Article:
Step 3. Expect Success: Designing Consulting for Results. Objectives are developed to define the success needed at each level. The ROI objective is the minimum acceptable return on investment from the project, if ROI is pursued. Objectives should also be set for business impact, application, learning and reaction. Specific objectives are important to the success of the program as they provide design guidance and expectations for everyone involved in the consulting project.
Step 4. Make It Matter: Designing for Early Stages of the Project. The consulting project must be relevant, meaningful and important to the individuals and the organization. This requires selecting the right people at the right time to be involved in the project and requires the consultant to provide activities and simulations that reflect what the project participants are learning and what they will do with what they’ve learned.
Step 5. Make It Stick: Designing for Application and Impact. If the people involved in the project do not use what they’ve learned, then it has failed. Transfer of learning from the consulting project to the workplace occurs over time and involves all the stakeholders.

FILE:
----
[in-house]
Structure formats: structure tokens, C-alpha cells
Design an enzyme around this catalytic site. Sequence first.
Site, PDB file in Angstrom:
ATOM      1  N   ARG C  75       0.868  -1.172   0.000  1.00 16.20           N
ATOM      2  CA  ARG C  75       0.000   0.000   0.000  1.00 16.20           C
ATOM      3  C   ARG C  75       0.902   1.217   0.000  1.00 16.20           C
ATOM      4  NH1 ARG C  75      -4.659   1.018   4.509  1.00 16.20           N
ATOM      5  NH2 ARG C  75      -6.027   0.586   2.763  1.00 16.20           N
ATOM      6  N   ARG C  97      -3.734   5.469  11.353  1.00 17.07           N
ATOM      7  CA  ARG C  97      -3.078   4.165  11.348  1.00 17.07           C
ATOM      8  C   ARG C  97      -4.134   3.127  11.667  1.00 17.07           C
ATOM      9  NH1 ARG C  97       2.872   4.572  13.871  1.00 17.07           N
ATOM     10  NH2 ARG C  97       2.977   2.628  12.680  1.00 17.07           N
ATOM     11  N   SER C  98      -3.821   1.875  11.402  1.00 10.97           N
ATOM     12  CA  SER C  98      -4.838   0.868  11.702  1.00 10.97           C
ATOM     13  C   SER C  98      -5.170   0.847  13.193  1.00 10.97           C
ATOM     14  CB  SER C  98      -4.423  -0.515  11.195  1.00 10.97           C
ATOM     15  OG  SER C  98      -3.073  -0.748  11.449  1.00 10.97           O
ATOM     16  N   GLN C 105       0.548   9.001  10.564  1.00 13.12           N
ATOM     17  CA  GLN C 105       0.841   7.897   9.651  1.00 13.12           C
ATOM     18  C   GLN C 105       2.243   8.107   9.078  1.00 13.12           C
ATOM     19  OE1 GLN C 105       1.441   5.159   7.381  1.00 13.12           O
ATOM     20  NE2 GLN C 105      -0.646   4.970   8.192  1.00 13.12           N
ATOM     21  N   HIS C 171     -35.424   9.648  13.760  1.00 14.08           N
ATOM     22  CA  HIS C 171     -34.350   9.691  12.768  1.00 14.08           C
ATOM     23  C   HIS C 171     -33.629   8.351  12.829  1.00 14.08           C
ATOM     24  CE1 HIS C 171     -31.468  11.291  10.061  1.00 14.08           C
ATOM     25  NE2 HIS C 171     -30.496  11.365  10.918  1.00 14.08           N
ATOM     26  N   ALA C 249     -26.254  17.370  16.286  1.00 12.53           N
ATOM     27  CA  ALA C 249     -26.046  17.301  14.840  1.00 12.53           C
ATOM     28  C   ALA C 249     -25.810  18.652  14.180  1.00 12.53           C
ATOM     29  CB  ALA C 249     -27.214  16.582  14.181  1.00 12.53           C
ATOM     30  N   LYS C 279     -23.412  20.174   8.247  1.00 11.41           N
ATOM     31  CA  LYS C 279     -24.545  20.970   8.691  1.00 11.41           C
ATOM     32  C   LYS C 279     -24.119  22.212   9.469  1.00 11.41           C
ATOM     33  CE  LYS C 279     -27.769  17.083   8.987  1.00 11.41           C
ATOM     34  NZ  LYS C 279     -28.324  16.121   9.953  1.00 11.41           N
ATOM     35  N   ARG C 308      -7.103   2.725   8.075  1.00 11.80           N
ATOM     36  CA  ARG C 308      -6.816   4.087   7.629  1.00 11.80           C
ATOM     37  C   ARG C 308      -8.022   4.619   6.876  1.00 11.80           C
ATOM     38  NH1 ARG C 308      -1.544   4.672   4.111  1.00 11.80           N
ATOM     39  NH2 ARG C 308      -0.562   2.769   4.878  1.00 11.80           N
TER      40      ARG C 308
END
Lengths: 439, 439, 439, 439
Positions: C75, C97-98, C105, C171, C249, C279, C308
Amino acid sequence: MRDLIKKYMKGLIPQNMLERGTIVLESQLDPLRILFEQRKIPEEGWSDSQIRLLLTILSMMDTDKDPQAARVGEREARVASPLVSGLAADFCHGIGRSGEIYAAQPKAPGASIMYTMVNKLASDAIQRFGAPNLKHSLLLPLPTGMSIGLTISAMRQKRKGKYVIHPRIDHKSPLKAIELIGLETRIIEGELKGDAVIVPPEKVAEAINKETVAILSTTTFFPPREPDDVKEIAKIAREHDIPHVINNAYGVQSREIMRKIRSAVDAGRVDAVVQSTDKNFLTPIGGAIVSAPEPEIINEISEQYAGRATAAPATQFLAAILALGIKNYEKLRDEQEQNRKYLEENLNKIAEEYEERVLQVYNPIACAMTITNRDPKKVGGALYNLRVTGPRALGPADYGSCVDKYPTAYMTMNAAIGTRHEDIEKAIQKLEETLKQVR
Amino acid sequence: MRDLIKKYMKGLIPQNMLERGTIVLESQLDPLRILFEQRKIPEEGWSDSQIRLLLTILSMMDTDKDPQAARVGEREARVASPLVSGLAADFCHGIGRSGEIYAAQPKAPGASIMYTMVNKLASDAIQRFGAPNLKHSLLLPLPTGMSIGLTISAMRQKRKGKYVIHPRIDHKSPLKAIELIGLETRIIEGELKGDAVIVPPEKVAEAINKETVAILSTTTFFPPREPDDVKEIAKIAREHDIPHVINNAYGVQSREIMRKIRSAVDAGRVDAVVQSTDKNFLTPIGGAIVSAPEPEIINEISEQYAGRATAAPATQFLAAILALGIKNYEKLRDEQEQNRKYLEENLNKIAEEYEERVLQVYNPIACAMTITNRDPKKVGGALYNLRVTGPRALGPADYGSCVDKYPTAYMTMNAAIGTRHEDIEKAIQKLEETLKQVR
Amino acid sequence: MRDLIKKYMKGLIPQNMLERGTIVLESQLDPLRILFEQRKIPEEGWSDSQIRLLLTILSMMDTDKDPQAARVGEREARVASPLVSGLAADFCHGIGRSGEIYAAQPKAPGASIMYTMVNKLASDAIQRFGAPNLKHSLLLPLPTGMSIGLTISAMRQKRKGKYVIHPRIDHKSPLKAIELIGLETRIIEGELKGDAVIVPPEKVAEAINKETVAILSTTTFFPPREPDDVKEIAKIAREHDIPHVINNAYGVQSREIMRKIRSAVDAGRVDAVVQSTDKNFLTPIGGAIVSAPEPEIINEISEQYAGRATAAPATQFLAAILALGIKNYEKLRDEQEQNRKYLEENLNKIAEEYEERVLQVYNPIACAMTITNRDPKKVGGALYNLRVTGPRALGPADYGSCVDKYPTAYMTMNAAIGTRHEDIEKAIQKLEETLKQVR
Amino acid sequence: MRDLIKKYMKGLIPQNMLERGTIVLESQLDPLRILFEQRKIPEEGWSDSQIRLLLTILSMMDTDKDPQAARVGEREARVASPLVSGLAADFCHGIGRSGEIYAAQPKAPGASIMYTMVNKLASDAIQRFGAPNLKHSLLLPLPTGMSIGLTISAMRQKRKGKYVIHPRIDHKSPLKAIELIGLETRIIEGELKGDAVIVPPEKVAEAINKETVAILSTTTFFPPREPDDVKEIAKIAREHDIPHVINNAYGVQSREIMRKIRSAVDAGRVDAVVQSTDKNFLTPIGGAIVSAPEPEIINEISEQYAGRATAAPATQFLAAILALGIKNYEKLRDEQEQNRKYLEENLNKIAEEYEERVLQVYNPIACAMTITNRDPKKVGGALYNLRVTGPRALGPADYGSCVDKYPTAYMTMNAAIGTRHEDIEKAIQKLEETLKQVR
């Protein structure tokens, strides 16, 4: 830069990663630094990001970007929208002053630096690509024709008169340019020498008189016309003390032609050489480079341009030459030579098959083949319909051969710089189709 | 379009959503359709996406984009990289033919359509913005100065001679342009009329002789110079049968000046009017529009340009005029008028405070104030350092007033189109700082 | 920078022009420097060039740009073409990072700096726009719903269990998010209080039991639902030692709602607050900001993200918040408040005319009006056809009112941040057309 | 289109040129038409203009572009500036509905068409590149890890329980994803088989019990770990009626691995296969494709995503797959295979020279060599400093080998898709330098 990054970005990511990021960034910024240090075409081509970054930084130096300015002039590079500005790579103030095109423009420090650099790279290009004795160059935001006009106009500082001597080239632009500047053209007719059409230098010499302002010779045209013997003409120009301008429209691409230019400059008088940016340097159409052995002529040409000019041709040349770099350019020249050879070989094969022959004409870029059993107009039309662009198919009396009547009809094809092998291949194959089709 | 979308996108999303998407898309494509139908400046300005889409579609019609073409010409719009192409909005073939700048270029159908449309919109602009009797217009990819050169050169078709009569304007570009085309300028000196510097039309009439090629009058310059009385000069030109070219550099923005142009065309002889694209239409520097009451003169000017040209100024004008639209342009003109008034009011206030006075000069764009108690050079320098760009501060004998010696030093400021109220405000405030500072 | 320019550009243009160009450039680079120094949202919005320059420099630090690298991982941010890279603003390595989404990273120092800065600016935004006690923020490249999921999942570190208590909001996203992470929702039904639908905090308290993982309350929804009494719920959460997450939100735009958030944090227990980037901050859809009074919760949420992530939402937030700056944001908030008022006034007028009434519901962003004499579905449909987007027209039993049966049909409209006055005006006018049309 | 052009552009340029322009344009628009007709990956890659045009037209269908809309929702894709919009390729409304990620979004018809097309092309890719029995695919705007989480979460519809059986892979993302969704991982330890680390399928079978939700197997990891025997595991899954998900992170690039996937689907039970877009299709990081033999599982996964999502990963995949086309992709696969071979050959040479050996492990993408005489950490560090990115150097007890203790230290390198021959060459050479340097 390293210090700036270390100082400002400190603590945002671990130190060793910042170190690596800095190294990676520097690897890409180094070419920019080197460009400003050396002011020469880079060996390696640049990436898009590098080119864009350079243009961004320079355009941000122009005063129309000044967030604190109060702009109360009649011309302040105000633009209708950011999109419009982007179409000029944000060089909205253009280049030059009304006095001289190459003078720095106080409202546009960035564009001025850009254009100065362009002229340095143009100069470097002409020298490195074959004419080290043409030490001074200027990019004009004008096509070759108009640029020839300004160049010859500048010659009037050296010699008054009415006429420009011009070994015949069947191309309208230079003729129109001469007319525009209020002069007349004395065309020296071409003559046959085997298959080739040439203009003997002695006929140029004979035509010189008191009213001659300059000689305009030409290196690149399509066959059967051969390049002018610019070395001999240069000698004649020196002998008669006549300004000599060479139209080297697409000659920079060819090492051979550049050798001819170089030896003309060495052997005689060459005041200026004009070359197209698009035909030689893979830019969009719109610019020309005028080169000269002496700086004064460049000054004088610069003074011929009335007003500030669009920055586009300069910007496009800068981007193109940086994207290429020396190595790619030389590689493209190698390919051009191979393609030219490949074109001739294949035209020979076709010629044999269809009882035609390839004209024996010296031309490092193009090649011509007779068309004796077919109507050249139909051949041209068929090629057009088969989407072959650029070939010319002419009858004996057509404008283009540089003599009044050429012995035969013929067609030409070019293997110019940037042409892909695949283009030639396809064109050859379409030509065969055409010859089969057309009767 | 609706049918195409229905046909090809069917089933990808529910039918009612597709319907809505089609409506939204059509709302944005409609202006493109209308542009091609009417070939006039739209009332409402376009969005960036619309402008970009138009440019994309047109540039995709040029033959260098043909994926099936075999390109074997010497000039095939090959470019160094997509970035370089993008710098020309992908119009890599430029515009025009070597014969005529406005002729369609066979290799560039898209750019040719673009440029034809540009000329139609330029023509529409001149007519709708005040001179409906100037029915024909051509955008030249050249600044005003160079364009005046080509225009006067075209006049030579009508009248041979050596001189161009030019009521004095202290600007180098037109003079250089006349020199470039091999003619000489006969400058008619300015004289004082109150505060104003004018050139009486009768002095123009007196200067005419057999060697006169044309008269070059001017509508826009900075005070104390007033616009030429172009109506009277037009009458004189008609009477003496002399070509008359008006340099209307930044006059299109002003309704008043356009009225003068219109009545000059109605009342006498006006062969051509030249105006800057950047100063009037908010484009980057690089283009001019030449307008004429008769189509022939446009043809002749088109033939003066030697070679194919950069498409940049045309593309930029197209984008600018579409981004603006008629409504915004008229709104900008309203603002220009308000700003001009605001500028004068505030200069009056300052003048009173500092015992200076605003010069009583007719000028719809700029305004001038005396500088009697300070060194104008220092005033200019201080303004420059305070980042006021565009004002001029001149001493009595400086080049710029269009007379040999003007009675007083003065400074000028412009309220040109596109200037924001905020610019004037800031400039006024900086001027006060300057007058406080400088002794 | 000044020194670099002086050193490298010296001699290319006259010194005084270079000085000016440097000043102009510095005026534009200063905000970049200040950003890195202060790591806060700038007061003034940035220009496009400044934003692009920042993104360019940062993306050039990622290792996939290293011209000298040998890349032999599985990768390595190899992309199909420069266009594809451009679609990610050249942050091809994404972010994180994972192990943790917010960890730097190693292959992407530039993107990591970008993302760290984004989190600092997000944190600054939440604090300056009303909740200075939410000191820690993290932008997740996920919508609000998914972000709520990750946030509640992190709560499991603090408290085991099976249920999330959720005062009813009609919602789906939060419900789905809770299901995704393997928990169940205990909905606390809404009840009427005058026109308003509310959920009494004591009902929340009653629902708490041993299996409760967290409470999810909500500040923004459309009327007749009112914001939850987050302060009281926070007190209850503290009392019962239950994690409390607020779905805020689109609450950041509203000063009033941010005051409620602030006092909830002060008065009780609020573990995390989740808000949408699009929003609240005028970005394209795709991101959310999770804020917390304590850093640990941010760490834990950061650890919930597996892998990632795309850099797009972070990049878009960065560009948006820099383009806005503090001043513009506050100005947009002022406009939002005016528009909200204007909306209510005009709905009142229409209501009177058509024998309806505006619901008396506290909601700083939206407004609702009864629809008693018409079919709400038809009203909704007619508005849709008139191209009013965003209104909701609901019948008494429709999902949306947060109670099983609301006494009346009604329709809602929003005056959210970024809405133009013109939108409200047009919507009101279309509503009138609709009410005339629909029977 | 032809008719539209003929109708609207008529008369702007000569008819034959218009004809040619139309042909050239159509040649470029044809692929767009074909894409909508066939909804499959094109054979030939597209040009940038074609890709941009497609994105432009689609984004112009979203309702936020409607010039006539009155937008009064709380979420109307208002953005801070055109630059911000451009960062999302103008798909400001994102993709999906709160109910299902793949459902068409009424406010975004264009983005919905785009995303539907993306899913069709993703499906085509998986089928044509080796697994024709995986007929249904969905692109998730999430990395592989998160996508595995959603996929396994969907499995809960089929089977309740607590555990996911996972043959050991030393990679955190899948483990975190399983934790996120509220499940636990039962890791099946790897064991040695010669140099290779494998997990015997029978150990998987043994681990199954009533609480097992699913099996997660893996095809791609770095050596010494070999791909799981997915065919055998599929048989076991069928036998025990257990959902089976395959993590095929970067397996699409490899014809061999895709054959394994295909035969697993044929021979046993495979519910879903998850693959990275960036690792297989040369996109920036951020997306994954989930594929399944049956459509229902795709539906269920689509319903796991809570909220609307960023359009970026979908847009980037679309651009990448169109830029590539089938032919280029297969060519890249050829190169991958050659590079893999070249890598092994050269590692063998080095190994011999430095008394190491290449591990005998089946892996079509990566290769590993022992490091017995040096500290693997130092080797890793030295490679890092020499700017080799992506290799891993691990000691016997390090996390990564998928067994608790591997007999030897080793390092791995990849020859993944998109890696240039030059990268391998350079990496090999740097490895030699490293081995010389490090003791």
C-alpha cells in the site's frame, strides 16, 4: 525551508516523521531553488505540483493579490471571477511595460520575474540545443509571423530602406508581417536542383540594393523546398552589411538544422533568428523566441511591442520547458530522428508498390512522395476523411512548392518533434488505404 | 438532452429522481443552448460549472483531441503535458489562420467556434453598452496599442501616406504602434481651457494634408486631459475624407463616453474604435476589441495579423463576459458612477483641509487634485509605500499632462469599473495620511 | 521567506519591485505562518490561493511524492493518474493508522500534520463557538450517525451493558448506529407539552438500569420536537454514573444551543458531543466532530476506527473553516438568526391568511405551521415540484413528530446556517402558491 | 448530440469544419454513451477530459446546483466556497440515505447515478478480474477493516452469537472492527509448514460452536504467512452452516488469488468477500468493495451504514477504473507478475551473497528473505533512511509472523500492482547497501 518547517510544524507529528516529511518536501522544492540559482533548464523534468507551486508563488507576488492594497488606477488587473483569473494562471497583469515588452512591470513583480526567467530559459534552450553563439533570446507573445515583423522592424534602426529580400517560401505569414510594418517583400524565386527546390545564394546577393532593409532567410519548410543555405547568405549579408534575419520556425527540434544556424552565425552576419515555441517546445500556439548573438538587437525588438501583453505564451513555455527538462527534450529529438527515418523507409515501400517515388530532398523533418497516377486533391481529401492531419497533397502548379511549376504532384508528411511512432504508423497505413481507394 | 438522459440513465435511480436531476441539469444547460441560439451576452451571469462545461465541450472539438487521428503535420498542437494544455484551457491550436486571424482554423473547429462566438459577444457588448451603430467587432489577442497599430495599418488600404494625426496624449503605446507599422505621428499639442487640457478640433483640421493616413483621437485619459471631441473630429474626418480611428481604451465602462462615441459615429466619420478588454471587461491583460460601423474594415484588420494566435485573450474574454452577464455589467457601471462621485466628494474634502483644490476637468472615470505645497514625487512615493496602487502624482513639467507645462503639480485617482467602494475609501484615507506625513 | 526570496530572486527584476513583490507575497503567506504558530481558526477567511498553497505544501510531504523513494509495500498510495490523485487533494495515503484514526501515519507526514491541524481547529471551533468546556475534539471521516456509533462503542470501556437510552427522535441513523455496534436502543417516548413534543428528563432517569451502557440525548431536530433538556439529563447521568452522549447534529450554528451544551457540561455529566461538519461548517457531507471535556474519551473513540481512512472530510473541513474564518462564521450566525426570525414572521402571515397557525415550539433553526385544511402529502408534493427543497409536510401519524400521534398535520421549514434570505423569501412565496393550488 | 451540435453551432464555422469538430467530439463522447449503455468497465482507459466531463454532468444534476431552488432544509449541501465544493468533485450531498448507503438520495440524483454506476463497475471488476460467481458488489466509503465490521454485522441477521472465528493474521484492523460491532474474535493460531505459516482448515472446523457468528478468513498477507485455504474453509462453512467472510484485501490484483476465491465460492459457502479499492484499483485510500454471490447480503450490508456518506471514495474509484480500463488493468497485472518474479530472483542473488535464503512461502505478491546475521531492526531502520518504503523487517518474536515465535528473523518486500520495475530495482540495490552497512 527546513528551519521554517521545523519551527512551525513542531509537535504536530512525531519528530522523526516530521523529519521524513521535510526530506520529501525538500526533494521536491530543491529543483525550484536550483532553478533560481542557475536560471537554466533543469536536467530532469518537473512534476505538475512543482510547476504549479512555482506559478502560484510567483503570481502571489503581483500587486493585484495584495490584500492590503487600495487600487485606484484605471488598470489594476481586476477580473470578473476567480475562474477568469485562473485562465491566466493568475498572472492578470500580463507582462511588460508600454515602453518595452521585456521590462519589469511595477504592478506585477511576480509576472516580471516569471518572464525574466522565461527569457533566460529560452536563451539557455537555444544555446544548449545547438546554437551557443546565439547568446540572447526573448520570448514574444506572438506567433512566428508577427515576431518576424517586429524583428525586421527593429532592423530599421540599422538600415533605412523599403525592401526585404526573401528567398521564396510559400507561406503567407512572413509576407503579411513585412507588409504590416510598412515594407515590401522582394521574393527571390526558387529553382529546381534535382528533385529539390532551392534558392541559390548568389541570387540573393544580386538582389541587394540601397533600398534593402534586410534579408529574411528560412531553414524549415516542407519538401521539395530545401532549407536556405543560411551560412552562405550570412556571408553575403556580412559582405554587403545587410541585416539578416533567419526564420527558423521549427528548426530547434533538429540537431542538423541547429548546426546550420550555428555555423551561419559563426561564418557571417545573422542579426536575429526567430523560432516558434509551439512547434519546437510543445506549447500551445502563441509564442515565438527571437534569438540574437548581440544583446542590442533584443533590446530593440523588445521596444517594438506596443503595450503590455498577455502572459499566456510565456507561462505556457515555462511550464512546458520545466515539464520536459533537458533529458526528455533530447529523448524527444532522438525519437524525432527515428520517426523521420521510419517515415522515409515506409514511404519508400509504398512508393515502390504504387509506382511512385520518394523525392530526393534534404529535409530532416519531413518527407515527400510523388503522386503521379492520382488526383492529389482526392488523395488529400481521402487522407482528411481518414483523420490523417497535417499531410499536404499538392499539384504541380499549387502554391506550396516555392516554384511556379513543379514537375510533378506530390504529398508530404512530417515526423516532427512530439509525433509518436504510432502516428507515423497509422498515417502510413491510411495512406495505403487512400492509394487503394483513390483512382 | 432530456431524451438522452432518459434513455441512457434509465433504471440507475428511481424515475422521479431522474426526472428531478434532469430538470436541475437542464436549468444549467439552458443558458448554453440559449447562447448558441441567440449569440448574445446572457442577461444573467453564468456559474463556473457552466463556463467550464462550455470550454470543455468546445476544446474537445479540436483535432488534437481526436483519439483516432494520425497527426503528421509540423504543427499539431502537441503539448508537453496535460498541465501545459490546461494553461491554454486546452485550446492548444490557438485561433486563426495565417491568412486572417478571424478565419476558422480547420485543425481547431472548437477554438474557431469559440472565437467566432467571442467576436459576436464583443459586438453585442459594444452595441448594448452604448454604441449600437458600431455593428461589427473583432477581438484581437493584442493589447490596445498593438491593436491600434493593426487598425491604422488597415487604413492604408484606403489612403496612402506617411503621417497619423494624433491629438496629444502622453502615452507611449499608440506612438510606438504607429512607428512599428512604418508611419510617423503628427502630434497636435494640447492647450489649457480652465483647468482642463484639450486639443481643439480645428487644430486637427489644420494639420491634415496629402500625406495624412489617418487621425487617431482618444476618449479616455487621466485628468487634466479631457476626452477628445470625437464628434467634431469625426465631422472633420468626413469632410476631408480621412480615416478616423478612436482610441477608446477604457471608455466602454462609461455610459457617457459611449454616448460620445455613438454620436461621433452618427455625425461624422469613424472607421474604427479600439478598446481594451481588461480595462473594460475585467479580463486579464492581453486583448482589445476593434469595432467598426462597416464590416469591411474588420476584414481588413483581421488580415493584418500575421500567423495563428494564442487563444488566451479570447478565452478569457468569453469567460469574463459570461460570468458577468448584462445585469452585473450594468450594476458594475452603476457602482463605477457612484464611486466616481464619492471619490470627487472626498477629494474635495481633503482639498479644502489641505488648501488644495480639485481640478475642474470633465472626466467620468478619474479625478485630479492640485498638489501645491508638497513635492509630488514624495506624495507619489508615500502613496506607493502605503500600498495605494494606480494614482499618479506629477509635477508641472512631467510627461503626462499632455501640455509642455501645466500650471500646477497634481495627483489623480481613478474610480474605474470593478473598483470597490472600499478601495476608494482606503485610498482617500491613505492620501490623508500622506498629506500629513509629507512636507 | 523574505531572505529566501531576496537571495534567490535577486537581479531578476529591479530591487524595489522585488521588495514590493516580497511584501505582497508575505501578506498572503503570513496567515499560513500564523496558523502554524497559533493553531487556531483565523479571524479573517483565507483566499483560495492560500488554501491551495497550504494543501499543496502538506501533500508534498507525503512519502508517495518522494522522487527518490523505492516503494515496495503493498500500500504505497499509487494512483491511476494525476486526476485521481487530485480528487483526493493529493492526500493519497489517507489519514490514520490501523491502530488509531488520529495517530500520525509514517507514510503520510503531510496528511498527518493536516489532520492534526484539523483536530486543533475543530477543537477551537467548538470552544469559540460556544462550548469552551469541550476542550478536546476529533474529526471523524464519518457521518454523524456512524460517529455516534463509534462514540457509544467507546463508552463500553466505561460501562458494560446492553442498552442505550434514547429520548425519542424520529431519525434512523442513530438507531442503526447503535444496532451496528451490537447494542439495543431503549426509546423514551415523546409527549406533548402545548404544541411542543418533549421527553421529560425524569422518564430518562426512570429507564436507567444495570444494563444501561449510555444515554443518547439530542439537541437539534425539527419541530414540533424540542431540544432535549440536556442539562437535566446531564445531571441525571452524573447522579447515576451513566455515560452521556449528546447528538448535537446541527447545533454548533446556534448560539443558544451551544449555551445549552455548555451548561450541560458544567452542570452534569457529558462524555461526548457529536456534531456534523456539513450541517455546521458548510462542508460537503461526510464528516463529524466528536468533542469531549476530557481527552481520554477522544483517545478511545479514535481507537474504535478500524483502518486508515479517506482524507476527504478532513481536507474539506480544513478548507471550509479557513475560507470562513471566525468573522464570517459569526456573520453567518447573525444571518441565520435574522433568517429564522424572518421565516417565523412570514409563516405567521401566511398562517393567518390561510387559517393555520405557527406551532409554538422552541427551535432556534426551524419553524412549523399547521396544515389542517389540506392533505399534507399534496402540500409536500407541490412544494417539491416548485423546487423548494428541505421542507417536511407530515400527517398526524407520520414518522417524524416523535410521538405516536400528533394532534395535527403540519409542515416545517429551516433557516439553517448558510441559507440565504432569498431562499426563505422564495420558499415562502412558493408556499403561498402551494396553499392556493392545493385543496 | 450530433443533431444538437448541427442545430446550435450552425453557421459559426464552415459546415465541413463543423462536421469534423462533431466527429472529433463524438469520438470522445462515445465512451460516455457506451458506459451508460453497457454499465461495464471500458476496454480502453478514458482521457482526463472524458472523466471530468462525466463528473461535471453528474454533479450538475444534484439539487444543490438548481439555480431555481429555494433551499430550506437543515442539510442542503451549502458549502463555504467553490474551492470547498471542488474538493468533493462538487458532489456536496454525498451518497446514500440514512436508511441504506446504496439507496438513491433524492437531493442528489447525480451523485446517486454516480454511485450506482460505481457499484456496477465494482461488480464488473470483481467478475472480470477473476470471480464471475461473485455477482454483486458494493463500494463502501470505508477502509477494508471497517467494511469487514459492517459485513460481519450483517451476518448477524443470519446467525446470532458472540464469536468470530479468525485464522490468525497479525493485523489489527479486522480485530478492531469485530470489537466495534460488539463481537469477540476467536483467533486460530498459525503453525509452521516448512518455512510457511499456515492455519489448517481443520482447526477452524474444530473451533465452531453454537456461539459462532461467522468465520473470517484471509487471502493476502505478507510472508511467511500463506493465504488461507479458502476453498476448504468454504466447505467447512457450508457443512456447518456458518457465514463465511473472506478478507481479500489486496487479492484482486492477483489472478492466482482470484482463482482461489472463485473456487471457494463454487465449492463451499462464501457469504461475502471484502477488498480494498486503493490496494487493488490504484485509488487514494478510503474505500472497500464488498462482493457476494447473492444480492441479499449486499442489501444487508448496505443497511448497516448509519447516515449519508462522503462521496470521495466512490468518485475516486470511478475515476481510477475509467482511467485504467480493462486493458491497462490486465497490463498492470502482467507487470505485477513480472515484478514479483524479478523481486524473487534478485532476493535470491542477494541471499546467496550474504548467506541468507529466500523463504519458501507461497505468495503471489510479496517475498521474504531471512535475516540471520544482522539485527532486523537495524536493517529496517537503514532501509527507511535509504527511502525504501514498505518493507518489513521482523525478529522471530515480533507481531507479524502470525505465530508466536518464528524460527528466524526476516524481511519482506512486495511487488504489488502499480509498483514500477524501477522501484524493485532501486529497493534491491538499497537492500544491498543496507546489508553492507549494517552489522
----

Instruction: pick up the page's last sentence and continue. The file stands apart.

Step 6. Make It Credible: Measuring Results and Calculating ROI. This step can be one of the most rewarding parts of the process. The first part of this step is to sort out the effects of consulting from other influences. Simple, easy-to-use techniques are available for this. If ROI is needed, three more actions are needed. The impact measures are converted to money to create project monetary benefits using values developed internally or externally. Next the costs are tabulated and then the ROI is calculated and expressed as a percentage. In formula form, the ROI is:
Net benefits are project monetary benefits minus project costs. This formula is essentially the same as the ROI for capital investments.
The challenge is to overcome the barriers to moving to this level of evaluation and evaluate at this level only when consulting projects are expensive, important, strategic and attract the interest of top executives. The principal barrier is the fear of results. ROI evaluation should be tackled in a proactive way. If consulting is not successful, the consultant must understand why it’s not working and correct it. If consultants are proactive, clients will accept this easily even if the results are negative. But if consultants wait to be asked for the impact or ROI, it places the consultant at a disadvantage.